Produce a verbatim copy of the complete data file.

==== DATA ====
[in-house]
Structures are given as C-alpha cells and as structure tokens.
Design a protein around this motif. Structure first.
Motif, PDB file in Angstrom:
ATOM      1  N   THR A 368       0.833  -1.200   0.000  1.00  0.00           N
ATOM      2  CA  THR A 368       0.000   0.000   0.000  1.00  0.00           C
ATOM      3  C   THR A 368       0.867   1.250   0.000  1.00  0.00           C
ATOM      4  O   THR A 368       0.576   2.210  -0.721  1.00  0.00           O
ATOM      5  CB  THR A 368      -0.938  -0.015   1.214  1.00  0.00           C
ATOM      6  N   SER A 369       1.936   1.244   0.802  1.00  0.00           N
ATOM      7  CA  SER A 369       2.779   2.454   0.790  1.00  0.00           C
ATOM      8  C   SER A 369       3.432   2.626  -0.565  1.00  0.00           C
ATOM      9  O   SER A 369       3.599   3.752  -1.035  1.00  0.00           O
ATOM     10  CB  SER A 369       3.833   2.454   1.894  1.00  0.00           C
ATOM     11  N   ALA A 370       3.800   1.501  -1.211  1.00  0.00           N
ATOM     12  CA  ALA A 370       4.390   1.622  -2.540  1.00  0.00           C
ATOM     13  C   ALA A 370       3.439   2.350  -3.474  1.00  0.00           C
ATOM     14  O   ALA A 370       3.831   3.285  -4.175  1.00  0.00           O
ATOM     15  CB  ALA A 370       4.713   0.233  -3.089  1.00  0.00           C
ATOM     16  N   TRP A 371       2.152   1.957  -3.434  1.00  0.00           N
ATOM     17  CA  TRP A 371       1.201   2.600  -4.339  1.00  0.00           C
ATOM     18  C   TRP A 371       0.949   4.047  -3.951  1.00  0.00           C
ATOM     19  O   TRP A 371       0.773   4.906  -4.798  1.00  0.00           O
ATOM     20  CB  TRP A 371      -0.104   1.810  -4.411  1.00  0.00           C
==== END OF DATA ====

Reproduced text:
[in-house]
Structures are given as C-alpha cells and as structure tokens.
Design a protein around this motif. Structure first.
Motif, PDB file in Angstrom:
ATOM      1  N   THR A 368       0.833  -1.200   0.000  1.00  0.00           N
ATOM      2  CA  THR A 368       0.000   0.000   0.000  1.00  0.00           C
ATOM      3  C   THR A 368       0.867   1.250   0.000  1.00  0.00           C
ATOM      4  O   THR A 368       0.576   2.210  -0.721  1.00  0.00           O
ATOM      5  CB  THR A 368      -0.938  -0.015   1.214  1.00  0.00           C
ATOM      6  N   SER A 369       1.936   1.244   0.802  1.00  0.00           N
ATOM      7  CA  SER A 369       2.779   2.454   0.790  1.00  0.00           C
ATOM      8  C   SER A 369       3.432   2.626  -0.565  1.00  0.00           C
ATOM      9  O   SER A 369       3.599   3.752  -1.035  1.00  0.00           O
ATOM     10  CB  SER A 369       3.833   2.454   1.894  1.00  0.00           C
ATOM     11  N   ALA A 370       3.800   1.501  -1.211  1.00  0.00           N
ATOM     12  CA  ALA A 370       4.390   1.622  -2.540  1.00  0.00           C
ATOM     13  C   ALA A 370       3.439   2.350  -3.474  1.00  0.00           C
ATOM     14  O   ALA A 370       3.831   3.285  -4.175  1.00  0.00           O
ATOM     15  CB  ALA A 370       4.713   0.233  -3.089  1.00  0.00           C
ATOM     16  N   TRP A 371       2.152   1.957  -3.434  1.00  0.00           N
ATOM     17  CA  TRP A 371       1.201   2.600  -4.339  1.00  0.00           C
ATOM     18  C   TRP A 371       0.949   4.047  -3.951  1.00  0.00           C
ATOM     19  O   TRP A 371       0.773   4.906  -4.798  1.00  0.00           O
ATOM     20  CB  TRP A 371      -0.104   1.810  -4.411  1.00  0.00           C